Interview with Gus Schumacher’s coach Jan Buron


The NNF is proud to showcase the Team behind the Team.

History is made and the man who has been with Gus since the age of 8 is no other than U.S. Ski Team Coach of the year Jan Buron.

The NNF caught up with Jan after Gus’ historic win. The NNF salutes all coaches and thanks you for all you do.

Jan racing against a young Gus in a citizen race in Anchorage, AK (Photo courtesy of Nordic Skiing Association of Anchorage)

How long have you been coaching?

I have been coaching since 1988 in Poland. I coached 6th-8th graders (juniors) in Poland from 1988-1991. I was an assistant coach with my club with Mr. Koblanski, a very famous coach in Poland, and I was the assistant for the University Game team. Then I moved to the United State and started coaching the Alaska Sports Academy (ASA) from 1993-1997. I started Alaska Winter Stars in 1997.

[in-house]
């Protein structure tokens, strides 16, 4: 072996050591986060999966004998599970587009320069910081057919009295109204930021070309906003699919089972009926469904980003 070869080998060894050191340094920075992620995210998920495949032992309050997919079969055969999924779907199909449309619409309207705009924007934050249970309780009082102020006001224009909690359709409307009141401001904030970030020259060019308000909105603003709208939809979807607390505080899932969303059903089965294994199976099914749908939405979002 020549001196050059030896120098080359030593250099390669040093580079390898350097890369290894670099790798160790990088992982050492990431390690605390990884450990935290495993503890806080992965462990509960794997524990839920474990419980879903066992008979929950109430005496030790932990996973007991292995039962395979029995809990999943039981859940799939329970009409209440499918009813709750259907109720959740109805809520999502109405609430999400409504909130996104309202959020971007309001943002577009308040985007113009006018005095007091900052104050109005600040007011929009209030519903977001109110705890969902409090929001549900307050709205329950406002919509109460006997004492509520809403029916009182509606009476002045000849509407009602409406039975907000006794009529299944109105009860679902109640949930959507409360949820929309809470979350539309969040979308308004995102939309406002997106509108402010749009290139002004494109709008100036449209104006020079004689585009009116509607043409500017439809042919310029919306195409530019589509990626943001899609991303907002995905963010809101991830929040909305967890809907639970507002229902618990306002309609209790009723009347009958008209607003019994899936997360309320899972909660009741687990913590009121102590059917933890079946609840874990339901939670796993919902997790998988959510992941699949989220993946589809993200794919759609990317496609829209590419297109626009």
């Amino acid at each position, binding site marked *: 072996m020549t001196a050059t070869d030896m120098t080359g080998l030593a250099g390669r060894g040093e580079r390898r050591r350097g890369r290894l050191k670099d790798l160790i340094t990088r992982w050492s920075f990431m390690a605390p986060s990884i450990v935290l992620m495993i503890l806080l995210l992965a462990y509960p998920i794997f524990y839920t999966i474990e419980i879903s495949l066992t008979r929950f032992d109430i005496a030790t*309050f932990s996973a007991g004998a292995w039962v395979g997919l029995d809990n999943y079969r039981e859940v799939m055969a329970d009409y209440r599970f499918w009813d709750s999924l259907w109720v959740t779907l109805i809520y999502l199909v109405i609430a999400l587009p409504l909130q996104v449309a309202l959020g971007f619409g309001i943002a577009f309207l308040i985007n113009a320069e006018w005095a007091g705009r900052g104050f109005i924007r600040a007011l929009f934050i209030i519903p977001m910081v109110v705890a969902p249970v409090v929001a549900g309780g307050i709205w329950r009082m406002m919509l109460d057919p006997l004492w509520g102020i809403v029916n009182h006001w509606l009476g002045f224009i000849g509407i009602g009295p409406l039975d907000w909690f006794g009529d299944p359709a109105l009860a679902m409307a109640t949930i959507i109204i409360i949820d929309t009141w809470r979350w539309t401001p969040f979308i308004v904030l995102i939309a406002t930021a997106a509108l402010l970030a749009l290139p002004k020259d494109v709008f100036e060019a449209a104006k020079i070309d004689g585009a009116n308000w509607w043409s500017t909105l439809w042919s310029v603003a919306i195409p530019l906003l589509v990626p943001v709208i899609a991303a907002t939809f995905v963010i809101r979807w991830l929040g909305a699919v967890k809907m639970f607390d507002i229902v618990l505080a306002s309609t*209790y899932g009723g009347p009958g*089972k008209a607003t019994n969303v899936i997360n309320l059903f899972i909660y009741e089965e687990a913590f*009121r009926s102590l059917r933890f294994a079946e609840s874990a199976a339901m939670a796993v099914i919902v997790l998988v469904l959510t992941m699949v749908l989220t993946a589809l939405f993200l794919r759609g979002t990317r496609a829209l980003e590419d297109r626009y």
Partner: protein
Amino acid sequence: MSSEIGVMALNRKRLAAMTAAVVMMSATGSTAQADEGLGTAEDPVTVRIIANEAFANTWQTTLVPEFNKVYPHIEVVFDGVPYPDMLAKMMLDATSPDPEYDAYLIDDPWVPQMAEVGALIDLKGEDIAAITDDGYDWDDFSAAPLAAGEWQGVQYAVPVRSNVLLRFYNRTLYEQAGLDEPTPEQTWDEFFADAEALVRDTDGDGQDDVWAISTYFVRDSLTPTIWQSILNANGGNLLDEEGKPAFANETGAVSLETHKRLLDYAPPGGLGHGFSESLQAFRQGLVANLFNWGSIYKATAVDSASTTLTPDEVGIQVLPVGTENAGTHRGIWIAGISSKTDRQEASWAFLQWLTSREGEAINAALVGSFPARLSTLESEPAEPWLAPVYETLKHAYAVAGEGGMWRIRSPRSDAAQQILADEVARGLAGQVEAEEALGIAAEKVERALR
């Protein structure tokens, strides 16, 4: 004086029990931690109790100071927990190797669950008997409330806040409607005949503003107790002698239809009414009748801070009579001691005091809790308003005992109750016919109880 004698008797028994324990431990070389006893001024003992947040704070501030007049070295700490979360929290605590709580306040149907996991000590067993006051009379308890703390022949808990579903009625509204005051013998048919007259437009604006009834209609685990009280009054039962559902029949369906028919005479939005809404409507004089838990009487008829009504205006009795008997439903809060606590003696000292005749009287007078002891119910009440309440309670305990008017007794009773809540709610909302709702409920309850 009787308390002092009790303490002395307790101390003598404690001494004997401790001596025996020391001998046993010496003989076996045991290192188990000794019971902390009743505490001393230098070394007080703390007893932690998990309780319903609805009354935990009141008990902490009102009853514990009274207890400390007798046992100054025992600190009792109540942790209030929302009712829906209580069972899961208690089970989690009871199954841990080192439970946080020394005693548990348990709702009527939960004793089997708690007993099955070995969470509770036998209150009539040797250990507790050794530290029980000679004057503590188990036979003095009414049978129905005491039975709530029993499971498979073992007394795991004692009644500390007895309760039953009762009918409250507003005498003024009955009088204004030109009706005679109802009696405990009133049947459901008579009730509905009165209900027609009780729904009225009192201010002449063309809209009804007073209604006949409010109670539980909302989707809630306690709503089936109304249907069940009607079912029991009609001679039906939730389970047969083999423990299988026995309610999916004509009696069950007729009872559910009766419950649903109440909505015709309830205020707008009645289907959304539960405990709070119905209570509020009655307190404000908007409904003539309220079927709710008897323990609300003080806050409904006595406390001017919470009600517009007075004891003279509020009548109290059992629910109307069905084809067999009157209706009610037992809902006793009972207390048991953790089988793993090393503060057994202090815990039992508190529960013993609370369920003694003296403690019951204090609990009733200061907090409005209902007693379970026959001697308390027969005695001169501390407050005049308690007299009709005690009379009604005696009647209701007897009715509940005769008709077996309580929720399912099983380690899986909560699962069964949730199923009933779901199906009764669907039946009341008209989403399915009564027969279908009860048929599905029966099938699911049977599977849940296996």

Why did you choose Alaska?

I fished on a commercial fishing boat in the summer months when I first came up, it was not the best season. Then my friend brought me to Kincaid Park and I saw so many cross-country ski racers over there, you know masters, so I decided to stay.

What is your background in sports and skiing?

I was in the Junior Nationals and Nationals in Poland, I was in the sports school system. Over there they have elementary and high school sport schools. Then I skied in the Army for two years.

“I learn from my athletes too. Feedback and cooperation from athletes help you improve your program.”

How has your coaching changed over time?